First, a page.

RealPage, a growing real estate software company based in Richardson, Texas, was the victim of hackers that apparently stole $10.5 million from the company.
In a statement, the company told HousingWire that $10.5 was initially stolen, but the company recovered $4.5 million of that amount.
Additionally, the company stated that it is working with authorities to reclaim the remaining funds.
“As previously disclosed almost two years ago, in May 2018, RealPage was the subject of a targeted email phishing campaign that led to a business email compromise. An unauthorized party gained access to an external third-party system that was used by a subsidiary acquired by RealPage in 2017, resulting in the initial diversion of approximately $10.5 million,” the company said in a statement.
“RealPage worked closely with law enforcement to recover the funds that were fraudulently misdirected. Net of funds recovered shortly after the incident, approximately $6 million in funds intended for disbursement to three clients were diverted. Approximately $2.9 million of the diverted funds were successfully frozen but not immediately returned to RealPage, and the U.S. Attorney’s Office for the Northern District of Texas is now pursuing the process to enable RealPage to reclaim these frozen funds,” the company continued.
“RealPage maintains insurance coverage to limit losses related to criminal and network security events and has thus far recovered an additional $1 million through insurance. RealPage’s clients experienced no loss from this event and all amounts were deposited in full into the client accounts,” the company concluded.
According to Dallas TV station NBC 5, RealPage fell victim to hackers who obtained the login credentials of an employee and accessed the company’s online financial accounts.
From there, the hackers sent money to “money mules,” people who were employed by the fraudsters to launder their ill-gotten gains by moving the funds into other accounts that are difficult to trace.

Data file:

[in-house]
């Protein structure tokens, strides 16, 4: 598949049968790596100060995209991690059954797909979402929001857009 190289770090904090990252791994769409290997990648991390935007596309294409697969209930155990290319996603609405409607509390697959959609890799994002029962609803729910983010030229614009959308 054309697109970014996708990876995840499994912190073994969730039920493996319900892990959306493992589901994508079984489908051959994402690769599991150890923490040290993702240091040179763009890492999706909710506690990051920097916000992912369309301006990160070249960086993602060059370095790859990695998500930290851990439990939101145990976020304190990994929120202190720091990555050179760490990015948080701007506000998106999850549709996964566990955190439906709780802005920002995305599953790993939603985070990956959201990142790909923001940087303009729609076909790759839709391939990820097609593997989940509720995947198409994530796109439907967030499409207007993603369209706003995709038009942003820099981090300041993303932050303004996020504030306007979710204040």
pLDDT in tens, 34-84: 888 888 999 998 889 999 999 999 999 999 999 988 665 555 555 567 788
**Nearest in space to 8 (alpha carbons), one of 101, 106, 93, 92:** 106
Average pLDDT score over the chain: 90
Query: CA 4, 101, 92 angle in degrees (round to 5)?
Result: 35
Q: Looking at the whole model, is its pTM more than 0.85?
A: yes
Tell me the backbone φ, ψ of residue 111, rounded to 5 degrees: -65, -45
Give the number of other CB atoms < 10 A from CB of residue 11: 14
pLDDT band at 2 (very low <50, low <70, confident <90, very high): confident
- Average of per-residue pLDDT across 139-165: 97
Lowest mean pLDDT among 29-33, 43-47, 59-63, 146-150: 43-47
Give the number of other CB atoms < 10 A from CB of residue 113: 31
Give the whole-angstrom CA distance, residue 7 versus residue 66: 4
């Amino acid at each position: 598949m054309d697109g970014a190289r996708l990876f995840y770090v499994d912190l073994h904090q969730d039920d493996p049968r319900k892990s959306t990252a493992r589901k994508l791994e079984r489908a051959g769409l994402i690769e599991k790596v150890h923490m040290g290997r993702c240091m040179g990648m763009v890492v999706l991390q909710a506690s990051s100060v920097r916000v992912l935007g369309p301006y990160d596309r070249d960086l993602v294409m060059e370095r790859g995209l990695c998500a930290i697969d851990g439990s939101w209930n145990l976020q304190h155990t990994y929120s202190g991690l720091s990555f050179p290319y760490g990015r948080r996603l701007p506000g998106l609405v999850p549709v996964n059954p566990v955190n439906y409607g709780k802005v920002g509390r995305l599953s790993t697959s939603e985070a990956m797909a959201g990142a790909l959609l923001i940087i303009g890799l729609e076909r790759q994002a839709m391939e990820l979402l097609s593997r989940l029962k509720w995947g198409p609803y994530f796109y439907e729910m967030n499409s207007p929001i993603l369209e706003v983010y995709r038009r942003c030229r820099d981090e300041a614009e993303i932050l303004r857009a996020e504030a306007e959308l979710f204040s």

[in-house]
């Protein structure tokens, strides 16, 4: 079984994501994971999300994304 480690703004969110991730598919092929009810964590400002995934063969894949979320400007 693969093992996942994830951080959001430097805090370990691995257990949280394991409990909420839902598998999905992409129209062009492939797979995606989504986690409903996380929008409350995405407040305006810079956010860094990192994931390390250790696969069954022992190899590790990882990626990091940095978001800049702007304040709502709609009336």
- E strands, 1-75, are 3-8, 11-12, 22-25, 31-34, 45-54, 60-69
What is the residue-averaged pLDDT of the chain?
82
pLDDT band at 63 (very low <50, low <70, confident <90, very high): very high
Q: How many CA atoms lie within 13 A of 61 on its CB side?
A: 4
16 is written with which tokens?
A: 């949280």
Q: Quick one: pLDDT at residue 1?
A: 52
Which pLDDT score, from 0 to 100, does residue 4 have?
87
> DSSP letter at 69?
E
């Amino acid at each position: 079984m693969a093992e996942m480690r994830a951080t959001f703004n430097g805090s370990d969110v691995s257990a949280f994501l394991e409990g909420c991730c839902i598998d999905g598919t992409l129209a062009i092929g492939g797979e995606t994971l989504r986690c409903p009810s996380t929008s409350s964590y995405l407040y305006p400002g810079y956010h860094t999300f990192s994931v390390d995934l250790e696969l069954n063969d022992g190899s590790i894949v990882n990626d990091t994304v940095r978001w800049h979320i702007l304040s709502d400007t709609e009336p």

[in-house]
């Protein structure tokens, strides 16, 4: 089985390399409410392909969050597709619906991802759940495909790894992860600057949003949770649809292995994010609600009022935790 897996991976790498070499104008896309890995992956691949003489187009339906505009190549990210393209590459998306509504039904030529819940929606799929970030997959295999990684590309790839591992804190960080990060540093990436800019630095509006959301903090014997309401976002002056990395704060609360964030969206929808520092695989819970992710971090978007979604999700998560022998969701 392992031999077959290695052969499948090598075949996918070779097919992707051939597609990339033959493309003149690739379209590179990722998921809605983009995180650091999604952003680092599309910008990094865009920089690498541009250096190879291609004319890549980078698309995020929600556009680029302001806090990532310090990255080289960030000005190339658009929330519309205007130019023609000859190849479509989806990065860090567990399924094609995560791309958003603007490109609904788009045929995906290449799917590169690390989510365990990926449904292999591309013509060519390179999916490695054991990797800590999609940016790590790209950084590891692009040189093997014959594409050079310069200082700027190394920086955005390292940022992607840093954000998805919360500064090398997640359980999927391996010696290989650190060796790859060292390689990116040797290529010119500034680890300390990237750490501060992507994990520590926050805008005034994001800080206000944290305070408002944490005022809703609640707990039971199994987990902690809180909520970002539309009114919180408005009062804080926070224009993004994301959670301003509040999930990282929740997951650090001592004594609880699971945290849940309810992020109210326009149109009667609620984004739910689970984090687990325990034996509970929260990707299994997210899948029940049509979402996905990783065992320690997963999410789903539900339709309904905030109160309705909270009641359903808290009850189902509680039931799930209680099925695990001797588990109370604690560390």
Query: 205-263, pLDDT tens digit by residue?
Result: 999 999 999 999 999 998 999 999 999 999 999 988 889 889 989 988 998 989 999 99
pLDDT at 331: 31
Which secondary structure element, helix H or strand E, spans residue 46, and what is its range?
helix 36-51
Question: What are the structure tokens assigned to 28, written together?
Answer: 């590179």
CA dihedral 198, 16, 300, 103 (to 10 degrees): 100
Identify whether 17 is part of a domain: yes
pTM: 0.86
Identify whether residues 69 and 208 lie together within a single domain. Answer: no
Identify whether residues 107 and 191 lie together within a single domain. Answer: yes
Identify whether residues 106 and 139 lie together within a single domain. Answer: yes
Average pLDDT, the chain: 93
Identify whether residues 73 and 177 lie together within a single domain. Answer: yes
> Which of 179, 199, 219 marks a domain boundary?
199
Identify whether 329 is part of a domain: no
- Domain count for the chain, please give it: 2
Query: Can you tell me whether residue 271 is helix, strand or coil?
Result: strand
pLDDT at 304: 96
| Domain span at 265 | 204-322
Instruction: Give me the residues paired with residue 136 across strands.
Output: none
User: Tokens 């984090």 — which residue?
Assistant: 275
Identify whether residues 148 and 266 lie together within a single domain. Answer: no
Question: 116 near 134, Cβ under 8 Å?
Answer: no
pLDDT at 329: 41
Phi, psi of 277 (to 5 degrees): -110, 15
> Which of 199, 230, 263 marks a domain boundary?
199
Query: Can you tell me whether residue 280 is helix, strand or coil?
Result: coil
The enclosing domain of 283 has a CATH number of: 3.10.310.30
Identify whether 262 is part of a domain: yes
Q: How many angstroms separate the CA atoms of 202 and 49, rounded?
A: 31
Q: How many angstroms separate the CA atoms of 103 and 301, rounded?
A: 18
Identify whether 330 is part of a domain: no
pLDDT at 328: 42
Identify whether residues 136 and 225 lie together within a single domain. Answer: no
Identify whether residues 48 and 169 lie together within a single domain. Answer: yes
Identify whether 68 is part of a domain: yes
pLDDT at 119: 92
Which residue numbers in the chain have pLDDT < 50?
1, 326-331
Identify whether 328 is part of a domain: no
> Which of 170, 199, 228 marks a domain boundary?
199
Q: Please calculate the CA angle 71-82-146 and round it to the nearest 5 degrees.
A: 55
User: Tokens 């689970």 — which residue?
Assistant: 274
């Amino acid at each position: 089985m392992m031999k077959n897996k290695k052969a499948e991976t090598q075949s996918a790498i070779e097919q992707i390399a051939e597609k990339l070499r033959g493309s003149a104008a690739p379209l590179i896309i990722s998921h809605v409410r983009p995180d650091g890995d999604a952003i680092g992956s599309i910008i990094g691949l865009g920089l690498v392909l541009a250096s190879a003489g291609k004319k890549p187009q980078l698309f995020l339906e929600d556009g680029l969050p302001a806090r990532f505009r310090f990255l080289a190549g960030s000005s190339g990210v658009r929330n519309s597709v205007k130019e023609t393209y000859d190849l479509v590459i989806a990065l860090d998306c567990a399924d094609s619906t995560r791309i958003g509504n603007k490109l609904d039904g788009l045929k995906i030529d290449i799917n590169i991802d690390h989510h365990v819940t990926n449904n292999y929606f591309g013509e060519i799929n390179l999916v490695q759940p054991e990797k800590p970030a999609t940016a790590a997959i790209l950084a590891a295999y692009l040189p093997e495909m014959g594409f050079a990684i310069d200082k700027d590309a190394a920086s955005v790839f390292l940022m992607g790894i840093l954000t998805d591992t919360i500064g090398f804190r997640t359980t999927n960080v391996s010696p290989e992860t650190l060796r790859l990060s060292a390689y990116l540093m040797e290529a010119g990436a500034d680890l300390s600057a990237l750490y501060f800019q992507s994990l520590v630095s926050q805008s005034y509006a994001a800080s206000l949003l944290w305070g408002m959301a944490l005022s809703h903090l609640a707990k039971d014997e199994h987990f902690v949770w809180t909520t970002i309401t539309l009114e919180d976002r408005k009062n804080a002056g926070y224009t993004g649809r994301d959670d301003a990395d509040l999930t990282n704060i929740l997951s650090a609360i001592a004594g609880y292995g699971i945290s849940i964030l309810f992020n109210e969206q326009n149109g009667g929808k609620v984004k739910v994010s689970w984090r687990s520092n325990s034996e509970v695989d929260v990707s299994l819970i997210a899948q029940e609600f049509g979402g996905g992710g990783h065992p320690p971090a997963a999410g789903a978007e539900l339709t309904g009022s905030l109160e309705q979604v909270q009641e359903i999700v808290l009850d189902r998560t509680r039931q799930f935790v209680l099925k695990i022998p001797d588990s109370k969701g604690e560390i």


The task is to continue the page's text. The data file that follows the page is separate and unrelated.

Here are more details from NBC 5:
A Secret Service agent said the hackers are unknown but in at least one case, an American “money mule” was instructed to transfer the money to a Nigerian account.
Investigators said they tracked the stolen money to 88 different accounts at 42 banks nationwide.
“The investigation to date has revealed a large network of money mules who have been communicating by telephone and internet with individuals whom they thought were legitimate businesses or entrepreneurs sending funds that were proceeds of business or real estate transactions,” the agent wrote.
Issues of hackers and money mules are now becoming more common in the real estate industry.
In 2018, the government conducted a massive sweep and arrested nearly 75 people who allegedly participated in schemes designed to intercept and hijack wire transfers from businesses and individuals, including those involving real estate transactions.
The action targeted “Business Email Compromise” schemes, wherein hackers attempt to gain access to the email accounts of employees who have access to company finances, businesses working with foreign suppliers, or businesses that regularly perform wire transfer payments.
The schemes also target individual victims, including real estate buyers, by impersonating someone involved in a real estate transaction and convincing them to make wire transfers to bank accounts controlled by the hackers.
In recent years, there has been an increase in hackers targeting real estate transactions and stealing funds from both unsuspecting buyers and companies alike.
And now, one of real estate industry’s own has fallen victim to hackers.
[Update: This article is updated to clarify the dollar amount recovered by RealPage thus far. Additionally, this article is updated with a response from RealPage.]
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